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Calc is capable of performing some simplifications which may sometimes
be desired but which are not “safe” in all cases. The `a e`
(`calc-simplify-extended`

) [`esimplify`

] command
applies the algebraic simplifications as well as these extended, or
“unsafe”, simplifications. Use this only if you know the values in
your formula lie in the restricted ranges for which these
simplifications are valid. You can use Extended Simplification mode
(`m E`) to have these simplifications done automatically.

The symbolic integrator uses these extended simplifications; one effect
of this is that the integrator’s results must be used with caution.
Where an integral table will often attach conditions like “for positive
‘`a`’ only,” Calc (like most other symbolic integration programs)
will simply produce an unqualified result.

Because `a e`’s simplifications are unsafe, it is sometimes better
to type `C-u -3 a v`, which does extended simplification only
on the top level of the formula without affecting the sub-formulas.
In fact, `C-u -3 j v` allows you to target extended simplification
to any specific part of a formula.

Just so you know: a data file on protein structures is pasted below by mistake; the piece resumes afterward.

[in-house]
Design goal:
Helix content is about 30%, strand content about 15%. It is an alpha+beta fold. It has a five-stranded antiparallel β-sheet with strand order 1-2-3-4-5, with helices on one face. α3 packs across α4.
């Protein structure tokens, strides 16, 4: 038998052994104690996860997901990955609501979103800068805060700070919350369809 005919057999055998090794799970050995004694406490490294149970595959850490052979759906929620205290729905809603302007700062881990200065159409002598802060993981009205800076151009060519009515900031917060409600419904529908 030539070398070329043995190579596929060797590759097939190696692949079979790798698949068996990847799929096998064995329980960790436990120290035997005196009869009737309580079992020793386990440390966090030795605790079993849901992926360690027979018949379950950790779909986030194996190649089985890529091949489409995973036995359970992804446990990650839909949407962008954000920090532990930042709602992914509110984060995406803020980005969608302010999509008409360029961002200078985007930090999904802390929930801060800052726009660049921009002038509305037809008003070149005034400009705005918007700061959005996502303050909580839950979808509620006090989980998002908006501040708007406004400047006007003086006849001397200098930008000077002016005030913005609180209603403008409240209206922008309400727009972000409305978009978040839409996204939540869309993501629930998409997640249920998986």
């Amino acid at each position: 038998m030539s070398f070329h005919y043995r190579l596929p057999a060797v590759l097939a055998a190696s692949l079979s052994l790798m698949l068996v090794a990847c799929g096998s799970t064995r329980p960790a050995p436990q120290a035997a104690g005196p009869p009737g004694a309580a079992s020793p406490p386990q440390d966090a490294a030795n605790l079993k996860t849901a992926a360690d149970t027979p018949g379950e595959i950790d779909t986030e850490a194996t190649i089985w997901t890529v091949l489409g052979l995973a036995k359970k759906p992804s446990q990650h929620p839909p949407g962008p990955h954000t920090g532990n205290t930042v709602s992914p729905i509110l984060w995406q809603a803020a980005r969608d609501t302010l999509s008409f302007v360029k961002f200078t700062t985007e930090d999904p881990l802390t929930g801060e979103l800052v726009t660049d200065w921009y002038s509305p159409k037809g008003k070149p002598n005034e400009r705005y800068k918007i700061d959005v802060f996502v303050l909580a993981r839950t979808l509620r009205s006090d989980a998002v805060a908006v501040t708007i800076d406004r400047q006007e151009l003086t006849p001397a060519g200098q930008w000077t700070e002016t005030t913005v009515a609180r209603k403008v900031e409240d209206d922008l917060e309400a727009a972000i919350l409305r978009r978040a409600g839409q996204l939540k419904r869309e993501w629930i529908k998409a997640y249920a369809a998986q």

The variable `ExtSimpRules`

contains rewrites to be applied when
the extended simplifications are used. These are applied in addition to
`EvalRules`

and `AlgSimpRules`

. (The `a r AlgSimpRules`
step described above is simply followed by an `a r ExtSimpRules` step.)

Following is a complete list of the “unsafe” simplifications.

Inverse trigonometric or hyperbolic functions, called with their
corresponding non-inverse functions as arguments, are simplified.
For example, ‘` arcsin(sin(x))`’ changes
to ‘

Powers of powers ‘`(x^a)^b`’ are simplified to
‘`x^(a b)`’
for all ‘`a`’ and ‘`b`’. These results will be valid only
in a restricted range of ‘`x`’; for example, in
‘`(x^2)^1:2`’
the powers cancel to get ‘`x`’, which is valid for positive values
of ‘`x`’ but not for negative or complex values.

Similarly, ‘` sqrt(x^a)`’ and ‘

Forms like ‘` sqrt(1 - sin(x)^2)`’ are simplified to, e.g.,
‘

`sin`

,
`cos`

, `tan`

, `sinh`

, and `cosh`

.
Arguments of square roots are partially factored to look for
squared terms that can be extracted. For example,
‘` sqrt(a^2 b^3 + a^3 b^2)`’ simplifies to
‘

The simplifications of ‘` ln(exp(x))`’,
‘

Common factors are canceled from products on both sides of an
equation, even if those factors may be zero: ‘`a x / b x`’
to ‘`a / b`’. Such factors are never canceled from
inequalities: Even the extended simplifications are not bold enough to
reduce ‘`a x < b x`’ to ‘`a < b`’ (or ‘`a > b`’, depending
on whether you believe ‘`x`’ is positive or negative).
The `a M /` command can be used to divide a factor out of
both sides of an inequality.